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Hunting for the Northern Lights in Yellowknife

Hunting for the Northern Lights in Yellowknife

Seeing the Northern Lights. It's on everyone's bucket-list, isn't it? It's one of those awe-inspiring, once in a lifetime experiences. In March, I was lucky enough to see them in Yellowknife, which, as I mentioned in my guide to the city, is one of the best places in the world to see the Aurora.

Here is a little bit about our Aurora adventure up north, including the kind of tours you can do and the specific tour operators we used. If you're heading up to the NWT and hoping to see the Aurora, hopefully these recommendations and tips will help you. Enjoy!

Aurora Hunting with NorthStar Adventures

On our first night in Yellowknife, we bundled into a jeep wearing all of the layers we owned to go Aurora hunting with Northstar Adventures (I felt a little bit like Helen Hunt in Twister. Just saying). The tour begins at 9 and ends at around 1:30am (but you might stay longer if the lights are particularly active). During that time our guide, Chris, drove us out to remote frozen lakes with wide open views of the clear sky.

Even before the "Green Lady" appeared, it was an awe-inspiring sight. The lack of light pollution meant that the sky was alive with stars, shining more brightly than I'd ever seen them. We scanned the sky eagerly, hands poised on camera shutters. When it got too cold (at some points it was -35 degrees) we huddled back into the Jeep with hot chocolate and biscuits, fingers crossed that we'd be lucky enough to glimpse some green in the sky.

Aurora hunting

After a couple of hours, we were rewarded. What began as a subtle shimmering behind the trees became a series of elegant rays; emerald elves darting in and out of view as we watched. Flecks of pink and purple tinged the edges, and for a moment I was too dumbstruck to even take photos; I just craned my neck to watch, spellbound.

A quick note on photography: To get to best photos, it's a good idea to read up a little about your camera settings beforehand. If you're anything like me, you love a bit of auto; but shutter speed, aperture and ISO all suddenly become very important when you're trying to get a good shot of the lights. You'll also need a tripod. Keep in mind that sometimes the Aurora shows up brighter in a photo - your camera can act as a great indicator that the lights are about to appear, as they pick up things our eyes can't.

If that all sounds a bit like hard work, don't worry - North Star Adventures have a professional photographer to get some slick shots of you, and you'll get a certain number for free if you email them after the tour.

You can also rent gear such as Canada Goose parkas and snowboots from North Star - just let them know beforehand and they'll drop it off at your hotel.

You can also do this kind of "hunting" with Yellowknife Outdoor Adventures or Sean Dawson from Sean's Aurora Chasing and Guest House. We really wanted to do a tour with Sean, but he was all booked up - make a reservation in advance just in case!

Aurora Village

If you'd prefer to kick back and take it easy with all the luxuries of a fire, heated seats and bathrooms, try Aurora Village. It's a cute little cluster of heated teepees set around a frozen lake in the middle of nowhere, giving you amazing views of the wide open skies and (hopefully) Aurora! The shuttle picks you up from any one of the main hotels and the journey to the village takes around 30 mins. There's a lodge and a restaurant there, but the main attractions are the tepees - the village is the ultimate in folksy, winter charm.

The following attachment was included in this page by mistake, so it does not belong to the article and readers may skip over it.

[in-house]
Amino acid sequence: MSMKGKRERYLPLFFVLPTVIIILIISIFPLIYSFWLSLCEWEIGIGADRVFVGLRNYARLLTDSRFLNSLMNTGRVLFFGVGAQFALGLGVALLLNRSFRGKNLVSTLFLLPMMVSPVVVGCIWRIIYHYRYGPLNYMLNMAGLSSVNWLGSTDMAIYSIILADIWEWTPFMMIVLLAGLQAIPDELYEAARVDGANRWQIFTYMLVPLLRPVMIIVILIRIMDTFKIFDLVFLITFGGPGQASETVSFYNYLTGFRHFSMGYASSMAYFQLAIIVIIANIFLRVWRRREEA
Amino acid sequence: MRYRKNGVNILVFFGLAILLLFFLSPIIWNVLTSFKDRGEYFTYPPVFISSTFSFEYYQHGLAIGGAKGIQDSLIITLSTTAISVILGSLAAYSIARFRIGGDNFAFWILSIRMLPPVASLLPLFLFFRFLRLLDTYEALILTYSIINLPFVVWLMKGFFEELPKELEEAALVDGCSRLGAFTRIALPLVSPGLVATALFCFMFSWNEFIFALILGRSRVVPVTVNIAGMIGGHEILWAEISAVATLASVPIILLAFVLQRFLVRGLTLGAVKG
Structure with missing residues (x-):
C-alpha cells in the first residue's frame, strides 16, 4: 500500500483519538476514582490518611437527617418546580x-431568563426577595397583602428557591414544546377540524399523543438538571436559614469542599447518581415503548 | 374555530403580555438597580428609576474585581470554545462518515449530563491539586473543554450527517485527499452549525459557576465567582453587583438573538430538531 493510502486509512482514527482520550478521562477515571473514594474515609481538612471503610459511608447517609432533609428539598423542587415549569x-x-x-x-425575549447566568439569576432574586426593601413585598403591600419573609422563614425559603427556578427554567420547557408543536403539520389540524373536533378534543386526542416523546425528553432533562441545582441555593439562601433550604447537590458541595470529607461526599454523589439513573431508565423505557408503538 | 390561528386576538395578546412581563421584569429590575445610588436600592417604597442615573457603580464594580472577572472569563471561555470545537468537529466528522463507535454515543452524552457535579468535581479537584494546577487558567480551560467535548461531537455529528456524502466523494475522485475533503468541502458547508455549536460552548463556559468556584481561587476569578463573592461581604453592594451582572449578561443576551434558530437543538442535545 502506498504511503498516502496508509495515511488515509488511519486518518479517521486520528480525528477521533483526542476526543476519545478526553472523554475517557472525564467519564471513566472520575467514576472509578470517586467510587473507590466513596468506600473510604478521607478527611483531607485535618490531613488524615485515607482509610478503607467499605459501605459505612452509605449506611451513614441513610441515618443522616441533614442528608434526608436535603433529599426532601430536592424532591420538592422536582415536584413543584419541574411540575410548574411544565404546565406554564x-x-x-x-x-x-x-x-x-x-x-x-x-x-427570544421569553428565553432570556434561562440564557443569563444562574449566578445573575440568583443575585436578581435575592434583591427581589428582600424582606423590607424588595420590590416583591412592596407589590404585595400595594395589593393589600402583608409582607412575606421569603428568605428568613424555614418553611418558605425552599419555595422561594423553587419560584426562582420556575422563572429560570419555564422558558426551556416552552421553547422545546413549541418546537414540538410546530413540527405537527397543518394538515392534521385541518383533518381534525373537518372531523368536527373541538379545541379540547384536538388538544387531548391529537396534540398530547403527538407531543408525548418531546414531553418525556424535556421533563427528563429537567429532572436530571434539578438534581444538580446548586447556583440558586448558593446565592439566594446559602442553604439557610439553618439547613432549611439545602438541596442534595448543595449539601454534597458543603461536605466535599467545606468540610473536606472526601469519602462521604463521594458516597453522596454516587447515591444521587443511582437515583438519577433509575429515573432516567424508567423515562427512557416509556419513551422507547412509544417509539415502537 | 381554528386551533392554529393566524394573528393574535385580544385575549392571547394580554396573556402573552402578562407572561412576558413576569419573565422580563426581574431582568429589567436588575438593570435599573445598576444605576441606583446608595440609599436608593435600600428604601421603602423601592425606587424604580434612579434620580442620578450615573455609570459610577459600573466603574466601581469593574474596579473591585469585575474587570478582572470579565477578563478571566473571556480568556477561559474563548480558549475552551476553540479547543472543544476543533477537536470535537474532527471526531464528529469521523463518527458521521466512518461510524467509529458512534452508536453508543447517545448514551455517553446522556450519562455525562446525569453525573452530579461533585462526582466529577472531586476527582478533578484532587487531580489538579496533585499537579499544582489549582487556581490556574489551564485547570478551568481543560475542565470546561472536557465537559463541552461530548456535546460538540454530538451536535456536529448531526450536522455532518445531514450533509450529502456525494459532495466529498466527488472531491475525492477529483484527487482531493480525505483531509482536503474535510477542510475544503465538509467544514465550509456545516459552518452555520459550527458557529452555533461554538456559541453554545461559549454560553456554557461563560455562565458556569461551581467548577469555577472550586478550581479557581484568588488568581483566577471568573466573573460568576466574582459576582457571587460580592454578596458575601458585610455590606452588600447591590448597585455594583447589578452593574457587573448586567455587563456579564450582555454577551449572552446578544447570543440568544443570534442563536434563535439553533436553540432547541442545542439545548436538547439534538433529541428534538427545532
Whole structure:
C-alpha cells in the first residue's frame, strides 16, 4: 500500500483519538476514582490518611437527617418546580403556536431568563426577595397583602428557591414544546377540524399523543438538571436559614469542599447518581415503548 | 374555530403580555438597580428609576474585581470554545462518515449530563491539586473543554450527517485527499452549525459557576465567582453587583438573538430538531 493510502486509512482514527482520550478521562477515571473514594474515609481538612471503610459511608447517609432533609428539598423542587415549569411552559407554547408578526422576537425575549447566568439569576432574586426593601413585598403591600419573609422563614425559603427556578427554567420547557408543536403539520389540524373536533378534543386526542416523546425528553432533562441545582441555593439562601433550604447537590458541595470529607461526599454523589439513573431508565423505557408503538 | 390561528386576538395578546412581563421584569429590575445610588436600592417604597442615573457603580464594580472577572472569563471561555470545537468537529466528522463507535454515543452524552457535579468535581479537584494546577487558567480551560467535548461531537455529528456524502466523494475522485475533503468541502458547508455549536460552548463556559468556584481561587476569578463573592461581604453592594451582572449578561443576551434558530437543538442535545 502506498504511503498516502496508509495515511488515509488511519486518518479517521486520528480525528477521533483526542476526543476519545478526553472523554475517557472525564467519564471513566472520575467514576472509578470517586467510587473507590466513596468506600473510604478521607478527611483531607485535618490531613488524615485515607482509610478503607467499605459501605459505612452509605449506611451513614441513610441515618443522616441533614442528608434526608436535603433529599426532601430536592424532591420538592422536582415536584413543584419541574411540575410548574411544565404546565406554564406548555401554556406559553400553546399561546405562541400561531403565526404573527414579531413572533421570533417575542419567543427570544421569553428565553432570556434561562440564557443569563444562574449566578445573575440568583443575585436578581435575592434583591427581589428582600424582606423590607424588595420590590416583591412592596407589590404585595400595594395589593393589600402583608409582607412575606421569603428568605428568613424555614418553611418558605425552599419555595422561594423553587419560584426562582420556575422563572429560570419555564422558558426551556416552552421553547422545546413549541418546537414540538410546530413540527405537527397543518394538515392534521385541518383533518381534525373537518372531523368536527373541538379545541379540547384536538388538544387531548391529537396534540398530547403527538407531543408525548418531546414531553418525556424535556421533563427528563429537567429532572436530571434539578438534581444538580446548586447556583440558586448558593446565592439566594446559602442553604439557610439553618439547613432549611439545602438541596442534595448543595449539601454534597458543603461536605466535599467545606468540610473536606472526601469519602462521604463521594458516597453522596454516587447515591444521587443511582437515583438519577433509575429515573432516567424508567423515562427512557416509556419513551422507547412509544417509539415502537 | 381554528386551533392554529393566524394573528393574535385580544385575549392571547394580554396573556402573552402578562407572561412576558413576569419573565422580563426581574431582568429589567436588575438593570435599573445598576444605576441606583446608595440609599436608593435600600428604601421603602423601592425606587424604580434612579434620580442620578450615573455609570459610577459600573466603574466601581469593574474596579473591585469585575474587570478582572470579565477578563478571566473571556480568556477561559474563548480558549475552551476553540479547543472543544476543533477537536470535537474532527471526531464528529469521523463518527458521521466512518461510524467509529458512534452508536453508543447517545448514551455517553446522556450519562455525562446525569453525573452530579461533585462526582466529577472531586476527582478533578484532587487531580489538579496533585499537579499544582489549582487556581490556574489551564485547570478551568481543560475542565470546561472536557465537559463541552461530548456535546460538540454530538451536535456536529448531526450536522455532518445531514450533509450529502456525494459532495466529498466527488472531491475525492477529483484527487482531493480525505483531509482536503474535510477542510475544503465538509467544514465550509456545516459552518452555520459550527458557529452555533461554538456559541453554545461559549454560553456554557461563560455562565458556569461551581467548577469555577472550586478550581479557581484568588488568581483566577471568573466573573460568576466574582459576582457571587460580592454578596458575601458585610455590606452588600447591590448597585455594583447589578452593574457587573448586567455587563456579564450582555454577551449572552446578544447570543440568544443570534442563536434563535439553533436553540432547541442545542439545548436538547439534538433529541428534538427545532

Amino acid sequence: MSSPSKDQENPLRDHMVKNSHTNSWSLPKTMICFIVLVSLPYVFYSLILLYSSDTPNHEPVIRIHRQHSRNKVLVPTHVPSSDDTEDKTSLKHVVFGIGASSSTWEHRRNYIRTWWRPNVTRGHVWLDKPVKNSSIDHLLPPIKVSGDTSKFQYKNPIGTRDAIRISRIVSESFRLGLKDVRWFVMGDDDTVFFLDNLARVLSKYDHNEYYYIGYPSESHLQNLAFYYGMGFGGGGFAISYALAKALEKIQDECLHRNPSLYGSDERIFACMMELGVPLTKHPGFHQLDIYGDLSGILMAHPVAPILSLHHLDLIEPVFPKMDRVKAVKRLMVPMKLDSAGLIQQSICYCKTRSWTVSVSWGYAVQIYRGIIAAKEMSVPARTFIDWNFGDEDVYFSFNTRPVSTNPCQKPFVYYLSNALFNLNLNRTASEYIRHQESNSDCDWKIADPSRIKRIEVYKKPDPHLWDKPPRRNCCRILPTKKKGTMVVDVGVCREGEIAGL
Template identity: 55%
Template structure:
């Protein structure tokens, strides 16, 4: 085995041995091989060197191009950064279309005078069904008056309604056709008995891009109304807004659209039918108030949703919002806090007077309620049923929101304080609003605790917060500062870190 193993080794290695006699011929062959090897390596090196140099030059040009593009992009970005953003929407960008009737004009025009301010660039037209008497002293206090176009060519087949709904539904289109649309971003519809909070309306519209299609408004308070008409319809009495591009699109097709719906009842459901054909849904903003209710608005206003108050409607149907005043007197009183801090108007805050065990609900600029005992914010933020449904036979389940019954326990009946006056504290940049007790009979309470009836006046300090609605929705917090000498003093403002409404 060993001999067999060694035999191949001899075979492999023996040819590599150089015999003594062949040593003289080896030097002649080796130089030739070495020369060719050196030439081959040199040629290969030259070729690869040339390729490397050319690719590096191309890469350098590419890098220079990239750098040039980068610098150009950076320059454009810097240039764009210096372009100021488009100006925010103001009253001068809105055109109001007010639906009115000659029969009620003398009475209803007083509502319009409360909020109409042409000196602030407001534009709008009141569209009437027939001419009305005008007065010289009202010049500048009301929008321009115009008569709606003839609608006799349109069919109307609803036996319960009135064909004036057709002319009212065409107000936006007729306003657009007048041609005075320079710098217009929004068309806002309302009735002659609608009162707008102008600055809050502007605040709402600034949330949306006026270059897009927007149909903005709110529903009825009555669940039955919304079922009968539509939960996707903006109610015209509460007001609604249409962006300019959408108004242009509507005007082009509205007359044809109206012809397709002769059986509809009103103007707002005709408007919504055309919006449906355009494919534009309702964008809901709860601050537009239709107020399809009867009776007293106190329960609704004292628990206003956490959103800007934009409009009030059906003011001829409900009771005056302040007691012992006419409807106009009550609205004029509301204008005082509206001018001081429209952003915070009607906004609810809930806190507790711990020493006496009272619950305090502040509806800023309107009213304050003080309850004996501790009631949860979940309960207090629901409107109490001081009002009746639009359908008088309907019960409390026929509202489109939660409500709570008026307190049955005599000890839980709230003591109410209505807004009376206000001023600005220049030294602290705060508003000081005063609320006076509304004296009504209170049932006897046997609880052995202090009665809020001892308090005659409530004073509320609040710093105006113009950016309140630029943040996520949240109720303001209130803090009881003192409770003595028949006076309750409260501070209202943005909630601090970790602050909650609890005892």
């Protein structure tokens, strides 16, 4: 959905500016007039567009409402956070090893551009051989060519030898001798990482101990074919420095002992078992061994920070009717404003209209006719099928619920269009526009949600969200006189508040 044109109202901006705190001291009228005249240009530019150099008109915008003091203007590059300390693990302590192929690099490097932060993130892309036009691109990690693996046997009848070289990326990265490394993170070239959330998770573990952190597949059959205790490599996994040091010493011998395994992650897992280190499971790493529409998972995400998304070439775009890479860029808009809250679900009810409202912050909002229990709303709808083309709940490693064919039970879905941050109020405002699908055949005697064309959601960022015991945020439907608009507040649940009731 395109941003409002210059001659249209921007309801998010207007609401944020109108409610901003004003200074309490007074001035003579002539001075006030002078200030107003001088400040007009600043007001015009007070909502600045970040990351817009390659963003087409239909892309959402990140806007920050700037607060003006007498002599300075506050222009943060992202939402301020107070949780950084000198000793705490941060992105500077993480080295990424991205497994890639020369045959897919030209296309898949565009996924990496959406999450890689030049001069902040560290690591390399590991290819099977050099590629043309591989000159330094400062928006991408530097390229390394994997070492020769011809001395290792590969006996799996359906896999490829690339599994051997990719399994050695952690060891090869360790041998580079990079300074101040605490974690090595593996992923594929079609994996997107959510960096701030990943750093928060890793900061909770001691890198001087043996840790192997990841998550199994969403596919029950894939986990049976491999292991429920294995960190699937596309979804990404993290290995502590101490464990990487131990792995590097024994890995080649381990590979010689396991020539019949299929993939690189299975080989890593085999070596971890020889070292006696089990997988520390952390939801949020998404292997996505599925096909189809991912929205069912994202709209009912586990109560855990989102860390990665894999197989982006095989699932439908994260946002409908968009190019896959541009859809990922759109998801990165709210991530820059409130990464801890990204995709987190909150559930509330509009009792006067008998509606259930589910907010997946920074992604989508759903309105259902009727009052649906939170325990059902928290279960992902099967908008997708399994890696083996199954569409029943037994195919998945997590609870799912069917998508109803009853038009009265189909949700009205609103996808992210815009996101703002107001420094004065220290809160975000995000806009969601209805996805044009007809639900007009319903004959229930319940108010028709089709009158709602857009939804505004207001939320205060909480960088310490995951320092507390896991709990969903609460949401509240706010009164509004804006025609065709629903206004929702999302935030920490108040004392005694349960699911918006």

You arrive at around 9pm, and have until 12:45 when the bus comes back. During that time, you can chill out (or, more appropriately, warm up!) in the tepees which have real wood stoves, and drink hot chocolate. You can also sit out on the lake on folding chairs and wait for the lights, or go for a walk around the little hills that surround the village. There's a lovely atmosphere as everyone huddles together, eyes turned unexpectedly to the sky.

Unfortunately, we didn't see the lights while at the village - it was mainly cloudy and snowing. However, on the first night, we tumbled sleepily from the bus back at our hotel after waiting for the Aurora for 4 hours at the village. We then looked up to see the lights dancing right above our room window - which was surreal and lovely! The Aurora is her own boss, so bear in mind there's always the chance you won't see the lights. The best months to see the lights are between August and September, and then November-April. 

Even if you don't though, heading to the village is a lovely experience. To entertain us while we waited, our guide even picked up her guitar and started singing to us in the tepee. We swayed along while enjoying tea by the fire as the snow melted from our coats. It was the ultimate cosy experience. 

If it gets to 12:45 and you haven't seen the lights yet, you can opt to extend your stay by 1.5 hours for $25pp, or get the double extension for $50 which gives you an extra 3 hours.

All in all, seeing the lights was an amazing experience. I may have ticked it off the bucket-list, but I'm not done with them yet - I'd love to see them in Iceland, Norway or even Scotland. 

Have you seen the Northern Lights, or visited Yellowknife? I'd love to know what you thought!

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